Opportunities for IHS discussed at town hall meeting

Published 12:15 pm Friday, July 28, 2017

By JOYANNA LOVE/ Senior Staff Writer

Chilton County Schools superintendent Tommy Glasscock wrapped up his summer town hall meetings at Isabella High School on July 28.

Glasscock expressed his excitement at the IHS Leader in Me program.

“You can see the difference in the attitude of the students here at Isabella, and I hope that is something that eventually becomes implemented across the district,” Glasscock said.

IHS is the largest K-12 school in the Chilton County.

“This fall approximately 700 students are going to walk through the doors at Isabella,” Glasscock said.

An audience member expressed concern that the school system may limit the number of students that could enroll at Isabella. Glasscock said he would be against such an idea.

Dual enrollment and STEM opportunities were discussed.

“Twenty percent of 11th and 12th graders at Isabella attend Jeff State Community College and receive dual enrollment,” Glasscock said.

Glasscock said this was a significant increase over one percent in previous years.

A parent whose student is interested in math and science asked what STEM (Science, Technology, Engineering and Math) classes were available to her child. The parent commented that high school students used to attend the STEM Academy at LeCroy Career Tech Center, but she understood it would not be an option any more.

“For the younger kids, we really don’t have anything here as far as STEM,” IHS principal Ricky Porter said. “It is something that we would like to work on in the future.”

The possibility of adding project Lead the Way engineering classes for middle school students is being considered.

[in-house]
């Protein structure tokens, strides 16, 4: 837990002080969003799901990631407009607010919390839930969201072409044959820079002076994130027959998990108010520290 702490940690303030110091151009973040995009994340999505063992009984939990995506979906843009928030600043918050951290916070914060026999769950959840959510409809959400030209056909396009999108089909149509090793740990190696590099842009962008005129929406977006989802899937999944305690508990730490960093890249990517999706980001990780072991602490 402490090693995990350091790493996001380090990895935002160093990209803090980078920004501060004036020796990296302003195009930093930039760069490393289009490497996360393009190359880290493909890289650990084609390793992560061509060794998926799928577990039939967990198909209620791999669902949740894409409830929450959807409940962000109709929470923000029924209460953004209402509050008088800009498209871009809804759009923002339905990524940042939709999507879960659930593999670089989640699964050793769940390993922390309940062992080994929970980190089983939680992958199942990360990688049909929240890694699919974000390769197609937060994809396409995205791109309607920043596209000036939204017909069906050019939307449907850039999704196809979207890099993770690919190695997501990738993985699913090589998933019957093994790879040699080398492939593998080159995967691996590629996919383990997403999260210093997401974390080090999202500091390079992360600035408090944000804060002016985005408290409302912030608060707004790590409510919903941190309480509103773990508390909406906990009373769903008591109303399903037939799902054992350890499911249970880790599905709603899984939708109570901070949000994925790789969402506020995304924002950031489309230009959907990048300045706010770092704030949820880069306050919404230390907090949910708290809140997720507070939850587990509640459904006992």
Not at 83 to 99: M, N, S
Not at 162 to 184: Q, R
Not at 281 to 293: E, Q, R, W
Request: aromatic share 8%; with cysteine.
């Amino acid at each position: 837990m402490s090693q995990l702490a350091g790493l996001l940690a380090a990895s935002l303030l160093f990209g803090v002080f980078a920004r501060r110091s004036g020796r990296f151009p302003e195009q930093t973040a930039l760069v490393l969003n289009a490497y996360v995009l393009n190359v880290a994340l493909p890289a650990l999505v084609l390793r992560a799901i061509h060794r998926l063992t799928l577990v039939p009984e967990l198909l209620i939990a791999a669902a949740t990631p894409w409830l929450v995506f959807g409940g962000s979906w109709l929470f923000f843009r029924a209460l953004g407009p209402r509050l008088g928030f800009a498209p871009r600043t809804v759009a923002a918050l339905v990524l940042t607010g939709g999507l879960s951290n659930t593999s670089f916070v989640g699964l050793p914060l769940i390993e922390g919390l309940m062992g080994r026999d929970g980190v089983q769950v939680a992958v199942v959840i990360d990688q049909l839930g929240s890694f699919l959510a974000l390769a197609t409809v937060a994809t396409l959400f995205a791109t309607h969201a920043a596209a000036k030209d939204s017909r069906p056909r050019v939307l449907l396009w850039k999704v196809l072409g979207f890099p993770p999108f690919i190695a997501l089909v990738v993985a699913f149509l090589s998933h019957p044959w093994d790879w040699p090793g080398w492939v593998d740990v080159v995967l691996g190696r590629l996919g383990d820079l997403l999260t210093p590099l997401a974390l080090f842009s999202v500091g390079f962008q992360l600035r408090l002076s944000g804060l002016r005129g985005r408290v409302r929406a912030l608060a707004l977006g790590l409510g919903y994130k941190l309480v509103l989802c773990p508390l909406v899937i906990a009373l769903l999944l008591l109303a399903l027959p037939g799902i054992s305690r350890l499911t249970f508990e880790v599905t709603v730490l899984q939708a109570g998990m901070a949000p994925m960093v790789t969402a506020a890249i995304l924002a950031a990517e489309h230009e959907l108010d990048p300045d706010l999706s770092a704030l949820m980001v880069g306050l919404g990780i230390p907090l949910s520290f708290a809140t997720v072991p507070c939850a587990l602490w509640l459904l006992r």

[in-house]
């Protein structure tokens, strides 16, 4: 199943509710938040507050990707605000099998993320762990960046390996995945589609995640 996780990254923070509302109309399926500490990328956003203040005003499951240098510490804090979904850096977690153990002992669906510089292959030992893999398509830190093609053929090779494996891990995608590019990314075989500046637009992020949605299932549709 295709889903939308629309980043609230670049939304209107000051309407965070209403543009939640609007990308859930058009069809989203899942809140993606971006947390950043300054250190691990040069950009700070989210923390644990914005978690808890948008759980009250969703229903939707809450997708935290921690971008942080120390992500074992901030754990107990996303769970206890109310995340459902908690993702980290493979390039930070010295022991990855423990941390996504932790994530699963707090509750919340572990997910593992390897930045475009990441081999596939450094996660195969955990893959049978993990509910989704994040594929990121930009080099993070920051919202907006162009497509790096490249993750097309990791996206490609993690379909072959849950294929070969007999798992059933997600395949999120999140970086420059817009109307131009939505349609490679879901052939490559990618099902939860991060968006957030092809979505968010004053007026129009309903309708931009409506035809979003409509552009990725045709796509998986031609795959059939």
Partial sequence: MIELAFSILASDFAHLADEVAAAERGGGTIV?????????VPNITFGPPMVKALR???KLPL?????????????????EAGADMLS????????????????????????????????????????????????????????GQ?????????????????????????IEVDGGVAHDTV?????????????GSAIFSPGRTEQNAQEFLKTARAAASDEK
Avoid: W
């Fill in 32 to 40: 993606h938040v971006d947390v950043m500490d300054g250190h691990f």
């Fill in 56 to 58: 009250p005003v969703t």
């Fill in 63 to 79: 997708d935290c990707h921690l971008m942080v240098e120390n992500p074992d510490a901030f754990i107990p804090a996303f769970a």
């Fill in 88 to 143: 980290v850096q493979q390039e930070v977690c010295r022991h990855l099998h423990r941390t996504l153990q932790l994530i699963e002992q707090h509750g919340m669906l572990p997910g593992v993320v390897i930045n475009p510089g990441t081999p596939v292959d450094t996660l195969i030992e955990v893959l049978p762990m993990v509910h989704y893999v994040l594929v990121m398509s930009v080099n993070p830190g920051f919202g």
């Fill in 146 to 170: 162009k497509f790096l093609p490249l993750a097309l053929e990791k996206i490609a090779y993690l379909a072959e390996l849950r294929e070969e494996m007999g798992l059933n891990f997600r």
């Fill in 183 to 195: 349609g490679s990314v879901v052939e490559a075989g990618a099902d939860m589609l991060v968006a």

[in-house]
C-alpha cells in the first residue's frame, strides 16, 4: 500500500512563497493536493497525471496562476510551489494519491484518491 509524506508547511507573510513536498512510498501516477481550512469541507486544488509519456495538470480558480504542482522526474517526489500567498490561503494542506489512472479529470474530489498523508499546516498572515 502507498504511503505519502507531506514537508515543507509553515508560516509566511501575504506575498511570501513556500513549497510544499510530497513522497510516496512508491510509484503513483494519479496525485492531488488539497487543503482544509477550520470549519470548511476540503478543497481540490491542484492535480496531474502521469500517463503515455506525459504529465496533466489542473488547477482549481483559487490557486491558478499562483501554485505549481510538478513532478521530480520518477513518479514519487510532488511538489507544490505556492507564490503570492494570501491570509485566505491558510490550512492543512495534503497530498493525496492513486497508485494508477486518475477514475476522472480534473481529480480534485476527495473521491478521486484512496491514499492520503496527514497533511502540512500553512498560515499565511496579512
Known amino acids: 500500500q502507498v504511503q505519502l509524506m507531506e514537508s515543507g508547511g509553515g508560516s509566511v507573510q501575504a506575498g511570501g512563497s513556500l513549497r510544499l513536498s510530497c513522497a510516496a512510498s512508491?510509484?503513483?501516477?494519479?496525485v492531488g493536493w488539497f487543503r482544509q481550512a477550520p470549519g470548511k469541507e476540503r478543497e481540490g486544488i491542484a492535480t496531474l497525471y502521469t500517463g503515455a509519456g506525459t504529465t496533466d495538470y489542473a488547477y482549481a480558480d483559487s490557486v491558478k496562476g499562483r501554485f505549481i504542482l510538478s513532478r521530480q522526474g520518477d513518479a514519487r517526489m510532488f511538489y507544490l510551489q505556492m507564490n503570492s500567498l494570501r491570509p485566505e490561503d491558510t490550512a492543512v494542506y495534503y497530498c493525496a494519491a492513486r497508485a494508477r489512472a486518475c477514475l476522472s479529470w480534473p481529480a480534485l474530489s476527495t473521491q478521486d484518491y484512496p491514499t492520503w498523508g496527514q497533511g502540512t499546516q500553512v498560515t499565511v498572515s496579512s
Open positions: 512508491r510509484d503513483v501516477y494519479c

Isabella High School students do have the option of attending the Career Tech Academy at LeCroy, Glasscock explained.

“Those students who are going to Career Tech and are specializing in welding or cosmetology, any of the 13 programs … Those students can stay there all day and take their core courses,” Glasscock said. “Those courses are not watered-down courses. They are just a little bit more technically oriented.”

For example, a welding student would be taking an English class focused on technical writing.

Glasscock said even while attending the academy, students are still involved in IHS’ extracurricular activities and will graduate from IHS.

High school students also have the option of attending STEM or other specialty classes at other high schools. Porter said there have been issues in the past with these classes being full, and Isabella students not being able to enroll.  Glasscock said he has talked with school administrators to make sure students are specifically interested in a specialty, not just filling a class slot, to free up some spots for those from other schools that have a genuine interest in the subject.

Facility issues and opportunities were also discussed.

“The board voted at a March meeting to fund a feasibility study for a multi-purpose facility here at Isabella, and we are waiting on the drawings,” Glasscock said.

The facility would be used for physical education classes, weight lifting and possibly batting cages.

Several maintenance concerns were also brought up, including no air conditioning in the gymnasiums and a restroom that has ongoing issues. Glasscock said the restroom issue could be addressed, but the air conditioning would be a more expensive issue to tackle. The cost of retrofitting the buildings is being researched.